Some 200 million of India's people suffer from malnutrition and hunger, the most in any country. Since rice is the staple food for most Indians, it may also hold the key to solving the nation's malnutrition challenge. Aided by a three-year, $1.5 million grant from the Abbott Fund, Abbott nutrition scientists are working with the Seattle-based nonprofit organization PATH to further optimize its Ultra Rice fortification technology in ways that reduce costs while improving nutritional value. Ultra Rice is a micronutrient delivery system that packs vitamins and minerals into rice-shaped grains made from rice flour. When these granules are blended with milled rice, typically at a 1:100 ratio, the resulting product is far more nutritious than traditional rice, yet is nearly identical in smell, taste and texture.
Nourimanba in Haiti
Severe malnutrition is a longstanding problem in Haiti, the poorest country in the Western Hemisphere. Together, Abbott and Boston-based Partners In Health (PIH) are constructing a new nutritional food production facility that will enable Haitian workers to produce a much larger volume of locally sourced, high-quality food products.
Supported by a $6.5 million investment by Abbott and the Abbott Fund, the new facility, located in Haiti's central plateau region, is focused on producing Nourimanba, a nutritious, peanut-based, ready-to-use therapeutic food that helps treat severe childhood malnutrition. In the future, the new manufacturing plant could also empower Haitians to develop and sell nonmedical nutritional foods like peanut butter to support PIH's continued production and free distribution of Nourimanba.
Abbott employees from multiple business units and functional areas are collaborating to help PIH and its local Haitian partners enhance Nourimanba production. For example, Abbott engineers are working to optimize the design of the new manufacturing plant, while Abbott food scientists are focused on refining the Nourimanba formula to better utilize local ingredients and boost nutritional benefits. Abbott experts also are working with PIH and local partners to improve the product's shelf life and to ensure continued safety while scaling up production.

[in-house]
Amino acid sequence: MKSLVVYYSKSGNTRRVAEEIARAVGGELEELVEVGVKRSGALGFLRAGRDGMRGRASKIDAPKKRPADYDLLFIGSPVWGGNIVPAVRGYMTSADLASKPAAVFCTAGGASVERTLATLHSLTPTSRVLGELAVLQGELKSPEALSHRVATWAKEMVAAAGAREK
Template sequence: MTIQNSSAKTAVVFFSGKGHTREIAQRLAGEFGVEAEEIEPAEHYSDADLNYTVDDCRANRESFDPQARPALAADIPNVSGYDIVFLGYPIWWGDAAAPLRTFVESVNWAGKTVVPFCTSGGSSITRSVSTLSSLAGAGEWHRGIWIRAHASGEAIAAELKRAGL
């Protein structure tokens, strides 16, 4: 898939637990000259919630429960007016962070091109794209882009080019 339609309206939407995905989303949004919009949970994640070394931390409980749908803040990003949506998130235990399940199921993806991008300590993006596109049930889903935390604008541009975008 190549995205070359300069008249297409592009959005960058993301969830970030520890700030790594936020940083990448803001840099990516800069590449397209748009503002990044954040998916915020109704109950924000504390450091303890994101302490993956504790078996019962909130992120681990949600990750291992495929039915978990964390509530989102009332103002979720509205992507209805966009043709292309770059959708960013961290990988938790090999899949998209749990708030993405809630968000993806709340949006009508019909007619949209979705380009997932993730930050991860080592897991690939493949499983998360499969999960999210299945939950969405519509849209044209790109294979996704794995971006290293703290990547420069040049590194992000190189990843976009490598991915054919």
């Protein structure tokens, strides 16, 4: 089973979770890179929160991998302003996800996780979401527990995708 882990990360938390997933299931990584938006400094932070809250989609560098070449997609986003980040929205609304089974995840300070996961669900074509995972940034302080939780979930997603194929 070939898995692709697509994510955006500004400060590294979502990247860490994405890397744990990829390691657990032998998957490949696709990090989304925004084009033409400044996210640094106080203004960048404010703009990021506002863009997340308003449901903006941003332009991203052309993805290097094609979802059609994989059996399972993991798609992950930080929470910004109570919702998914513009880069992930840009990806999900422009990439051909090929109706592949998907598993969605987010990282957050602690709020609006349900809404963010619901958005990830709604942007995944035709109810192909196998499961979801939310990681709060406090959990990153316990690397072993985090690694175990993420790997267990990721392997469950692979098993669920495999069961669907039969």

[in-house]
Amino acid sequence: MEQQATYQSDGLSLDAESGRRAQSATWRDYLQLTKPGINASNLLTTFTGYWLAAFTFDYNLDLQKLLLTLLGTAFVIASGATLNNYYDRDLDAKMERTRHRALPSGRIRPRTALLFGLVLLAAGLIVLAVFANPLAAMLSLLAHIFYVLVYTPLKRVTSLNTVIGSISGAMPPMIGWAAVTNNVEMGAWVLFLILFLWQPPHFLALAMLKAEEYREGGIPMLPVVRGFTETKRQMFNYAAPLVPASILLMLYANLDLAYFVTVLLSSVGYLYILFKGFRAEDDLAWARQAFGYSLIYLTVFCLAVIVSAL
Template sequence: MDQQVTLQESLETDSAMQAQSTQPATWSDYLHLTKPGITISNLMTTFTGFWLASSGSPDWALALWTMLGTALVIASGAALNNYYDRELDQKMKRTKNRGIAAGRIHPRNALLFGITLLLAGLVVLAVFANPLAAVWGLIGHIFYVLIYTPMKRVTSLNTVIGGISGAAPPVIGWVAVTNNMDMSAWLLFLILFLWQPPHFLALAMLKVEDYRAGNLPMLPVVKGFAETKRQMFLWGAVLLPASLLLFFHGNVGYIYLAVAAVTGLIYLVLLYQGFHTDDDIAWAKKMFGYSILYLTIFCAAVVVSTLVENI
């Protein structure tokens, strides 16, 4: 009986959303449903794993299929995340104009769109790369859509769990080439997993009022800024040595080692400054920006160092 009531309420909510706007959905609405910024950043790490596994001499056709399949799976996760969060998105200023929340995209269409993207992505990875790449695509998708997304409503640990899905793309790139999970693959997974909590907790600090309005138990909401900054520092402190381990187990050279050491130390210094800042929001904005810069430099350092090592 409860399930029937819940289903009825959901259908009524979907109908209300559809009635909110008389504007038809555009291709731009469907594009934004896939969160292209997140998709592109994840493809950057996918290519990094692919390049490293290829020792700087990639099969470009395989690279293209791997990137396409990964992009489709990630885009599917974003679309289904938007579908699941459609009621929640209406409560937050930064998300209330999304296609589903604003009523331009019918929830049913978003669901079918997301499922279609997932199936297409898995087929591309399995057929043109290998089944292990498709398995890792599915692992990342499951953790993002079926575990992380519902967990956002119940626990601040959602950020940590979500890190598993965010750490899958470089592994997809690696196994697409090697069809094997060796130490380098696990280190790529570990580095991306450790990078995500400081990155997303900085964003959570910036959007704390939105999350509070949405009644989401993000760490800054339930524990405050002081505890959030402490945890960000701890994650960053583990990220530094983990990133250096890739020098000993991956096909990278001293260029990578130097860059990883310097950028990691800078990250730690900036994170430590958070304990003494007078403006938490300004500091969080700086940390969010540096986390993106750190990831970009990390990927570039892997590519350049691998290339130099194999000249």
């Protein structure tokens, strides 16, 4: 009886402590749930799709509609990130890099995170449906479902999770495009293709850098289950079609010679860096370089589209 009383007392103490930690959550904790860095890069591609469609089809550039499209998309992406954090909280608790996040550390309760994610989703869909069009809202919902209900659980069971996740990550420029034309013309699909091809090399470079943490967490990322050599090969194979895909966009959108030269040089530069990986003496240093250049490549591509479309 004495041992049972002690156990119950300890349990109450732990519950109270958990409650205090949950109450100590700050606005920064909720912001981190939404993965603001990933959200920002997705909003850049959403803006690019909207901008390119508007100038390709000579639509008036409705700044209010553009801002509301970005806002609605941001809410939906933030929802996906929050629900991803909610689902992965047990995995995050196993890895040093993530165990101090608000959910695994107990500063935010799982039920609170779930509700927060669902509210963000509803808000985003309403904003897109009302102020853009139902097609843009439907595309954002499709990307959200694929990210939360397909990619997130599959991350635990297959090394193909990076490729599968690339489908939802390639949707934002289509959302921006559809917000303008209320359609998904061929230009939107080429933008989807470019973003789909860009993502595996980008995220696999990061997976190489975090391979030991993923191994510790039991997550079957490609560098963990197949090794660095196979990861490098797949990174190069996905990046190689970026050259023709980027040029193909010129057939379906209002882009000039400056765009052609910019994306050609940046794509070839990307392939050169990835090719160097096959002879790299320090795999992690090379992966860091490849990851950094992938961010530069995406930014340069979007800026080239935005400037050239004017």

Along with our current work on Nourimanba, Abbott and the Abbott Fund have contributed $55 million since 2007 to support maternal and child health and other needs in Haiti.
To learn more about our work with PIH, please visit partnershipinhaiti.org.
Abbott Fund Institute of Nutrition Science
Completing our efforts to improve the quality of these nutritional formulations, the Abbott Fund Institute of Nutrition Science (AFINS) offers a unique model for advancing understanding and practice of clinical nutrition. In both China and Vietnam, AFINS is focused on extensive training of physicians, nurses and dietitians and the integration of nutrition training into local medical school curricula. The program also supports the development of standardized nutritional guidelines.
We established AFINS China in 2007, in partnership with Project HOPE and Shanghai Children's Medical Center, to address gaps in pediatric clinical nutrition. In 2010, AFINS in Vietnam was inaugurated, in partnership with Boston University, Bach Mai Hospital, the National Institute of Nutrition and Hanoi Medical University.
Note: All data in the Global Citizenship section reflects activities prior to the separation of Abbott and AbbVie on January 1, 2013.